The world of socially responsible business has come a long way over the last few decades.
In a world where most countries are committing to net zero to combat climate change, it’s leading businesses that are furthest ahead. And the idea of ESG investing has emerged from a backwater to become positively mainstream.
So perhaps it isn’t surprising that there’s something of a backlash. An inevitable sign of success, you say? Well, maybe. But there’s more to it. In fact, I would go so far as to say that this is an extremely dangerous moment.
Consider some of the recent headline stories.
Position over action
HSBC’s head of responsible investing is suspended, and then leaves, after having given a presentation pushing back against ESG orthodoxy. Ben & Jerry’s chooses not to sell its ice cream in Israel due to its political position, and then finds parent company Unilever selling its Israel business to a franchise over its head. Disney takes a position on a Florida bill on education, cast by its critics (but not its supporters) as anti-gay rights – and then finds the state government revokes its privileges in managing Disneyland.
Yes, the world of socially responsible business has come a long way. It used to be about large multinational corporations recognising they could have a major impact on society, and seeking to keep this within the bounds that reasonable people would accept. A hard enough thing to do in the era of climate change.
And ESG was meant to be about seeing strong sustainability performance as a proxy for good management, particularly in relation to non-financial risks.
But it has gone beyond that. The progressive politicians and many of the young new entrants into the workforce are demanding that companies take public positions on divisive political issues. Indeed, they can be attacked if they stay silent.
The inevitable sting in the tail is that pleasing one side ends up offending the other.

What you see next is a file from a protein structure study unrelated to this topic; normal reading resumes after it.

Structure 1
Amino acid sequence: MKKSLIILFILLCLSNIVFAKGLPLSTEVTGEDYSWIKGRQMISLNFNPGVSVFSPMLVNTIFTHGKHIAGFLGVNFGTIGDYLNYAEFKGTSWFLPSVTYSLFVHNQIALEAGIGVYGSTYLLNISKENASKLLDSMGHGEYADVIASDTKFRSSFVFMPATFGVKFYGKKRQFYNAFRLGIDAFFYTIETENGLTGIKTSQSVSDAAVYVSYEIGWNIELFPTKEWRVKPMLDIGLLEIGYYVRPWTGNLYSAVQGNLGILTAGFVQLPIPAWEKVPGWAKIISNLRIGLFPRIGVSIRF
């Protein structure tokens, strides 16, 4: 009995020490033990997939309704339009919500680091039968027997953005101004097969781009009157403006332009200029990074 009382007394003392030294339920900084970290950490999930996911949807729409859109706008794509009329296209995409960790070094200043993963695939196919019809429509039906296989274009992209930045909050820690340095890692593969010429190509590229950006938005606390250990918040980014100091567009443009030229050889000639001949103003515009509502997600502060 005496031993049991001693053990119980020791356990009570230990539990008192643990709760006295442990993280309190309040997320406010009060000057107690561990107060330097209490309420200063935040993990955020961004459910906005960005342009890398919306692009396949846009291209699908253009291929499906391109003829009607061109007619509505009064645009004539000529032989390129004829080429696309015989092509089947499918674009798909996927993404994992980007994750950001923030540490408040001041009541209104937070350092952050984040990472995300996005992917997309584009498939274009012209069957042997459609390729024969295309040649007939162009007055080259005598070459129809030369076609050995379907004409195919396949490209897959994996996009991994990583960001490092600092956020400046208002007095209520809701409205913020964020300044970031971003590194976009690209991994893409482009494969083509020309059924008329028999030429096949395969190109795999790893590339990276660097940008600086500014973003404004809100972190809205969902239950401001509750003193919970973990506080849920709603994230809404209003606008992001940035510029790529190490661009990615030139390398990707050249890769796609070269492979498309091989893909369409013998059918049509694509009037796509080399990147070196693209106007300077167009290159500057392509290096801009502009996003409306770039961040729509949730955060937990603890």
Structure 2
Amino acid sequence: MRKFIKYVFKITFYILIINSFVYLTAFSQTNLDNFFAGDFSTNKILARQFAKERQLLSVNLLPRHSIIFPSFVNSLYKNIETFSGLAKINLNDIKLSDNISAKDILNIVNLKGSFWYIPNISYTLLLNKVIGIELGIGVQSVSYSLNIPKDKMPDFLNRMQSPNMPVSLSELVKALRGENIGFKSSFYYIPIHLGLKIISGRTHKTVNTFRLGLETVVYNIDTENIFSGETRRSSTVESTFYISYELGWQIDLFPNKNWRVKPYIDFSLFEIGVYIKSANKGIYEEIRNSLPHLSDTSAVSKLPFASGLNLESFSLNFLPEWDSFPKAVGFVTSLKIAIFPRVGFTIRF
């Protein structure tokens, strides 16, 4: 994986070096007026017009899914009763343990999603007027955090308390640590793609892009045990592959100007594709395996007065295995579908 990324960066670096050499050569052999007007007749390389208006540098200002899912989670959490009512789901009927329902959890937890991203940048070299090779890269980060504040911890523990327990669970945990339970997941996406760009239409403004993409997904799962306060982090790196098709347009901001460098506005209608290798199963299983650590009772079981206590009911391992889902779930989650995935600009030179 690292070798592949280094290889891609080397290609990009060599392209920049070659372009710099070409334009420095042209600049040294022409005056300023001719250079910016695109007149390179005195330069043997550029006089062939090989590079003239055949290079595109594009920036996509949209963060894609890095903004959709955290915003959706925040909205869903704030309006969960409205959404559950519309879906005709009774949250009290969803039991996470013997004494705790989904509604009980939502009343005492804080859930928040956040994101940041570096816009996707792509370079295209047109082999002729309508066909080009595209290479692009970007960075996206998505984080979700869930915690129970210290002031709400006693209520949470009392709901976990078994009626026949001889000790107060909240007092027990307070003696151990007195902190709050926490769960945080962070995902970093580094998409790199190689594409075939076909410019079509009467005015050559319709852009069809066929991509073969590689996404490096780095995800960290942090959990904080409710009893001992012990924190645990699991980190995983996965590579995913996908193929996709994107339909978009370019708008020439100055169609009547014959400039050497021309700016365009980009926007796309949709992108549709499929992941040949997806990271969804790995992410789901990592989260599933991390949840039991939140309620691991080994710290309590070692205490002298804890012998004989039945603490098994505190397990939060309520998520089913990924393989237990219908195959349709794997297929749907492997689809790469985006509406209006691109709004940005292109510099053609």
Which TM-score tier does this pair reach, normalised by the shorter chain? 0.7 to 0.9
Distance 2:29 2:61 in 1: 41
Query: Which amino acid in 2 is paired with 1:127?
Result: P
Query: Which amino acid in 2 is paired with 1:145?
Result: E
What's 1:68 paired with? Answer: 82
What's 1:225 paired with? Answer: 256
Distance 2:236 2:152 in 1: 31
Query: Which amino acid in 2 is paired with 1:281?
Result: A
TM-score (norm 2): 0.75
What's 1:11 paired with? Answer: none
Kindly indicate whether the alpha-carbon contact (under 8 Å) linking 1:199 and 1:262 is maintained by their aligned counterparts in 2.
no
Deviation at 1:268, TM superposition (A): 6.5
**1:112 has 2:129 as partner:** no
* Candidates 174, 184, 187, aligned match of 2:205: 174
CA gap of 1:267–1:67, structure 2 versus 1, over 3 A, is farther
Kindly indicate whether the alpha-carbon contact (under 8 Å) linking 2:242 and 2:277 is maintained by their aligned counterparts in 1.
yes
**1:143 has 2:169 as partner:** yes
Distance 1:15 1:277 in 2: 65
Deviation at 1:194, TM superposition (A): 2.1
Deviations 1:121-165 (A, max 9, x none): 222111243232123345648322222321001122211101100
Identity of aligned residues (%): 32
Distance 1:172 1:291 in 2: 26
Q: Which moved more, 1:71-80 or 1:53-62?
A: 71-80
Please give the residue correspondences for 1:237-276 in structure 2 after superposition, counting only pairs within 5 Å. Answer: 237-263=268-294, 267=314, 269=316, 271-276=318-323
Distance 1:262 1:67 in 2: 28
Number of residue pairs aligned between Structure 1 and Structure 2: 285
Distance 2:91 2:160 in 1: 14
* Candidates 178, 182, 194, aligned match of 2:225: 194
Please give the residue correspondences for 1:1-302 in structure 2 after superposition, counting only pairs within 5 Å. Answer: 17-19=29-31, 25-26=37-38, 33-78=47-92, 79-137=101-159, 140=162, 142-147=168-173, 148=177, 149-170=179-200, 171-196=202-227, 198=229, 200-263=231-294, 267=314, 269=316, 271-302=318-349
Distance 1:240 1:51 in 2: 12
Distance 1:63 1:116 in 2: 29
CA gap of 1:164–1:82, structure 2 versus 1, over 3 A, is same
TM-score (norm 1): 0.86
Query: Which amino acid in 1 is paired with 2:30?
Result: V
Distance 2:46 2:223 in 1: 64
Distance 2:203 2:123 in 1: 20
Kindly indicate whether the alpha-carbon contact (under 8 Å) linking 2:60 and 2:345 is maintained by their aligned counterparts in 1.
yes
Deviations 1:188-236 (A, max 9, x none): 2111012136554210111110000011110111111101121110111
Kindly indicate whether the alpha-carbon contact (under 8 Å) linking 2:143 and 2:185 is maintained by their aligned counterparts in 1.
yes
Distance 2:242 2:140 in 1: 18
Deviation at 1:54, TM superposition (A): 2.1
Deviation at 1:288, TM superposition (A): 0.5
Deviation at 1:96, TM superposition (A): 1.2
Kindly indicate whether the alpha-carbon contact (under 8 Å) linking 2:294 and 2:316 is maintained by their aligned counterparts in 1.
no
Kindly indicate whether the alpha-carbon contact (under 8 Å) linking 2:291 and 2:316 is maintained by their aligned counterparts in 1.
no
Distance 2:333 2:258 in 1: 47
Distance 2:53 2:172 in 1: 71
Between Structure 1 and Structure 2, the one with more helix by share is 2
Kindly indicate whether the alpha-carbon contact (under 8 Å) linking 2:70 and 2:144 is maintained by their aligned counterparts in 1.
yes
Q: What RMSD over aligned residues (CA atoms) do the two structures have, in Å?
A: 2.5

So the companies that gave in and “made a stand” are ridiculed and attacked for “woke virtue signalling” and abandoning their core purpose – which is to make money by adding value to society through their products and services. “Go woke, go broke” is the refrain.
And the backlash has found numerous explosive outlets in recent months. For example, via Elon Musk, whose company Tesla has arguably made the biggest single contribution in recent times in forcing the pace towards post-fossil-fuel road transport. And yet Standard & Poor’s excluded Tesla from its ESG index earlier in 2022, and provoked a high profile rebuke from Musk himself.
“ESG is a scam. It has been weaponised by phony social justice warriors,” he said. S&P countered that factors relating to Tesla’s practices led to its overall apparently disappointing score. But Musk wasn’t alone in thinking that it might have had more to do with ESG being a vehicle for leftist activism, not the neutral and objective system it projects.
The backlash is becoming institutionalised. In the US, Republican senators and congressmen have started to put forward legislative measures to prevent public pensions from following “politically motivated” investment strategies.
In Minnesota, a bill was introduced to prohibit the State Board of Investment from investing in companies that boycott high emitting industries, such as mining and energy, and would similarly bar the state or any of its agencies in doing business with them.
Likewise, financial and similar companies would be prohibited from refusing to provide a service to someone based on their political affiliations and related factors.
This is a pretty disastrous outcome, let’s be clear. The power of sustainable business was that it was a voice that could be respected across the traditional political divides. It could provide reliable feedback to politicians on the state of the world as seen via multiple supply chains, and the state of innovation and best practice in responding to problems.